(Reuters) - Illinois joined 36 U.S. states on Wednesday when it ratified an U.S. constitution Equal Rights Amendment (ERA) intended to ensure women are treated the same as men under state and federal laws, more than three decades after a deadline to approve it.
The state’s House of Representatives passed a resolution 72-45 to ratify the ERA amendment after the state Senate passed the measure in April.
Illinois’ passage of the amendment comes at a time when support for women’s rights is gaining momentum. In addition to the #Metoo movement, issues like equal pay in the workplace for women are at the forefront of the political and social landscape in the United States.
The U.S. constitution does not currently guarantee equal rights for women, but many federal and state laws prohibit discrimination based on gender.
“By ratifying the Equal Rights Amendment we can provide a strong legal protection for women’s rights and prevent rollbacks from Congress or presidential administrations,” said State Senator Heather Steans in a statement. “This amendment is still relevant and necessary.”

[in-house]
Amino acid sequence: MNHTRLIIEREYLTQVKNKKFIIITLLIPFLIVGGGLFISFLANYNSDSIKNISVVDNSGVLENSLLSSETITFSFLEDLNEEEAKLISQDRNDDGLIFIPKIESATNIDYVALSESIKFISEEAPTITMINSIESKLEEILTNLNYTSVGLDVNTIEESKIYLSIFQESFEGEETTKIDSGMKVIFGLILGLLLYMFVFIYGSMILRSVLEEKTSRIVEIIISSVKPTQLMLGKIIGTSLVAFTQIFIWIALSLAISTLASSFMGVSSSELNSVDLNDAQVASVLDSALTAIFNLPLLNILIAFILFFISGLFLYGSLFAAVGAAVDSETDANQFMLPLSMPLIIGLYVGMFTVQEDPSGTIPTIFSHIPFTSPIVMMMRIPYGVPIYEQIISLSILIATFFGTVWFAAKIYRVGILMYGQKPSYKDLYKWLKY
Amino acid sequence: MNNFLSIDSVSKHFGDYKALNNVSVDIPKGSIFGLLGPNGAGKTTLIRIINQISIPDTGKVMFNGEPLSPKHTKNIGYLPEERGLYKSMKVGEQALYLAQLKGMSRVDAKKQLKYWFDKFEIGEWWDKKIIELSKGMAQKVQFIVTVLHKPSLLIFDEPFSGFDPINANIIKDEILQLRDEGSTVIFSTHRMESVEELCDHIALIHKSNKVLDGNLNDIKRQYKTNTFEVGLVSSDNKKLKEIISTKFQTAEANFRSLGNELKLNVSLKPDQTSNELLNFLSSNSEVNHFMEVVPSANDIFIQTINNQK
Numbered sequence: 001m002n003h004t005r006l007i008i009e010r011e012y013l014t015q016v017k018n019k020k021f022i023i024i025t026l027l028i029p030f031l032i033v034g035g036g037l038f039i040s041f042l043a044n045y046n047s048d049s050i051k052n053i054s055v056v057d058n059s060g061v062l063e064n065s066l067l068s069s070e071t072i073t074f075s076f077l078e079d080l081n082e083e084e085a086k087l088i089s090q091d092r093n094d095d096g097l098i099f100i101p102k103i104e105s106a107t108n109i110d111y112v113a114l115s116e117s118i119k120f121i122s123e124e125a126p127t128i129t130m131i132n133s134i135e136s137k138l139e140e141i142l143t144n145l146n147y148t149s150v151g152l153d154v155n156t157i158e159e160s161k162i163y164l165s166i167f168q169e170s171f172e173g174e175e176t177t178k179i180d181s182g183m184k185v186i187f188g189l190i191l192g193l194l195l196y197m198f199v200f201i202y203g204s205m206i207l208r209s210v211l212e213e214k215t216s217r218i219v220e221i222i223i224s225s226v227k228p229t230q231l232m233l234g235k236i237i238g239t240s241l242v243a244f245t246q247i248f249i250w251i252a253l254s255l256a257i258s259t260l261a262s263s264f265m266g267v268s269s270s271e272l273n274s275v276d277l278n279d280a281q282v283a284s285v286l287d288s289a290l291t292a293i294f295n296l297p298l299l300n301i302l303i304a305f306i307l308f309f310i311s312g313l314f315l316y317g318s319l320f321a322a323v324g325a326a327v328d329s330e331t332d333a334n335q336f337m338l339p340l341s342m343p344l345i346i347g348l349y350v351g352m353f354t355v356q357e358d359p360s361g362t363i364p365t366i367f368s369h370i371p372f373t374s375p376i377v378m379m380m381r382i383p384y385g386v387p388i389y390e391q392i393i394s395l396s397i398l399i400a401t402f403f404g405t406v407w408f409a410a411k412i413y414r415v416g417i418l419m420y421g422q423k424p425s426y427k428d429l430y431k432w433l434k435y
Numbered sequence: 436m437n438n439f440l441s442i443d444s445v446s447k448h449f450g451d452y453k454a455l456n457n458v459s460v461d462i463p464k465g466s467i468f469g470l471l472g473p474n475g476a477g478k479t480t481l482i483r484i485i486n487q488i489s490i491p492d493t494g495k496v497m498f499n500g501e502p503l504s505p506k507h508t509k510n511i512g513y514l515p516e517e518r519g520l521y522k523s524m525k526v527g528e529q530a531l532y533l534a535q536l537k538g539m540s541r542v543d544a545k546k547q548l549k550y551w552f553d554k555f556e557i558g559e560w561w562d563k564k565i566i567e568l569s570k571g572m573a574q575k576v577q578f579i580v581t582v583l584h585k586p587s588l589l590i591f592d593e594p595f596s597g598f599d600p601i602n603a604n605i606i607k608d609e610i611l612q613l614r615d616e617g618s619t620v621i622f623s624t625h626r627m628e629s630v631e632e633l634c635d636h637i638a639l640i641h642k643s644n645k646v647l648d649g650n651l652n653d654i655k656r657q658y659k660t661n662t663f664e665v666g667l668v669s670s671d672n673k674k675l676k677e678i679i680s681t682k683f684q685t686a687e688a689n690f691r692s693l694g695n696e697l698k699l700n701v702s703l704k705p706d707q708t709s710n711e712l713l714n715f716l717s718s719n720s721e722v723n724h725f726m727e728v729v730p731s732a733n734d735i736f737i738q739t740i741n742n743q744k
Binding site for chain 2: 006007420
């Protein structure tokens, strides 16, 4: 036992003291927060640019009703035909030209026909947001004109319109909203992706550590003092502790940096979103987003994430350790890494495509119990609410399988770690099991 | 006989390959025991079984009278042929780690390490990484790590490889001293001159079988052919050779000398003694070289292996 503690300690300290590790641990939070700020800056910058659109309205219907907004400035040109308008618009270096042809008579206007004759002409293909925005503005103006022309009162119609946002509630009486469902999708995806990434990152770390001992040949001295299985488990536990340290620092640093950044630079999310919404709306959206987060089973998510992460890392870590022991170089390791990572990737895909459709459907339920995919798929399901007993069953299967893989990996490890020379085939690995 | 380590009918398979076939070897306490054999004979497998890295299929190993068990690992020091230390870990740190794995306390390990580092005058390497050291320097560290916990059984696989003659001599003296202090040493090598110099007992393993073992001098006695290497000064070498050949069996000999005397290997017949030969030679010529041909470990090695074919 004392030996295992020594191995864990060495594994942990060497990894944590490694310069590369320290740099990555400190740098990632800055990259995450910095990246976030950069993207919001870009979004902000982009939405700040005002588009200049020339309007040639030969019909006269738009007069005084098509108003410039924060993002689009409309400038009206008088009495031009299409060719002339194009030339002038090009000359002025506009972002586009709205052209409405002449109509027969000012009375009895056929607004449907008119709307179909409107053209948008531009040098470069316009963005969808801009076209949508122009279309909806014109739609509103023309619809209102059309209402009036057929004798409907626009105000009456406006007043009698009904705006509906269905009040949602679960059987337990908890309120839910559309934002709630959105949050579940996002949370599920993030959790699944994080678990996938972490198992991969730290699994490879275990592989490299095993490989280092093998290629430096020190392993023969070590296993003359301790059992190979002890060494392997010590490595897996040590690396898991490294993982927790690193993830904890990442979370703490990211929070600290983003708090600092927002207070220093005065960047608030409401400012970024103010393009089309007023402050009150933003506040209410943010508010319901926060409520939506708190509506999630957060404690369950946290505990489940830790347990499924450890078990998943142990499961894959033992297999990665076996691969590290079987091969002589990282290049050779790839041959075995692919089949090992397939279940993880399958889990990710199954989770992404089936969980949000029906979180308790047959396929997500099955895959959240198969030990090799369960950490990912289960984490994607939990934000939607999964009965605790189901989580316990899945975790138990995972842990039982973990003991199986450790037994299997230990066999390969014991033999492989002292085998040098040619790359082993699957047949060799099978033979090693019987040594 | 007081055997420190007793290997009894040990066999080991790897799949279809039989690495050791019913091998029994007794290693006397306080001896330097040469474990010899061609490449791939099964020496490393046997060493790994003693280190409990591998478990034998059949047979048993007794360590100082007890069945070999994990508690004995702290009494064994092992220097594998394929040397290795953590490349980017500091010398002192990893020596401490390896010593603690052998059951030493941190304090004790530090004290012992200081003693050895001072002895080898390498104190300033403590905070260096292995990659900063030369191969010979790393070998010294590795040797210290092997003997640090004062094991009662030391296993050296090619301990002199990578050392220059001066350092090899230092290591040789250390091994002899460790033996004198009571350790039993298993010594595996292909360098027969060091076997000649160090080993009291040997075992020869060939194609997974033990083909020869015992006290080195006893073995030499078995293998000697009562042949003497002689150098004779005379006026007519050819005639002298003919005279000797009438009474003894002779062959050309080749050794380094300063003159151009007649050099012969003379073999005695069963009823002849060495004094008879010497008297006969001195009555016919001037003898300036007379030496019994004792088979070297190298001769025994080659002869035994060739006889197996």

Illinois State Rep. Peter Breen of Lombard, who voted against the measure, told the Chicago Tribune the amendment was intended to expand taxpayer funding for abortions and to roll back abortion regulations.
The U.S. Congress approved the amendment in 1972, sending it to states for ratification. At least 38 states needed to ratify it by 1979 for it to be enacted. Congress, however, pushed the deadline to 1982 when only 35 states approved the amendment.
Nevada became the 36th state to ratify the amendment in 2017, but Virginia failed to pass it earlier this year.
Supporters argue that Congress could enact the amendment once the 38th state passes it since it has the power to “maintain the legal viability” of the amendment’s existing state ratifications, according to EqualRightsAmendment.org.
To complicate matters, five states rescinded previous ratifications. It is unclear how those retractions will play a role in the total state count.
The last change to the U.S. Constitution was made in 1992 when the 27th amendment regarding congressional compensation was ratified.
Reporting by Brendan O’Brien in Milwaukee; Editing by Mark Potter
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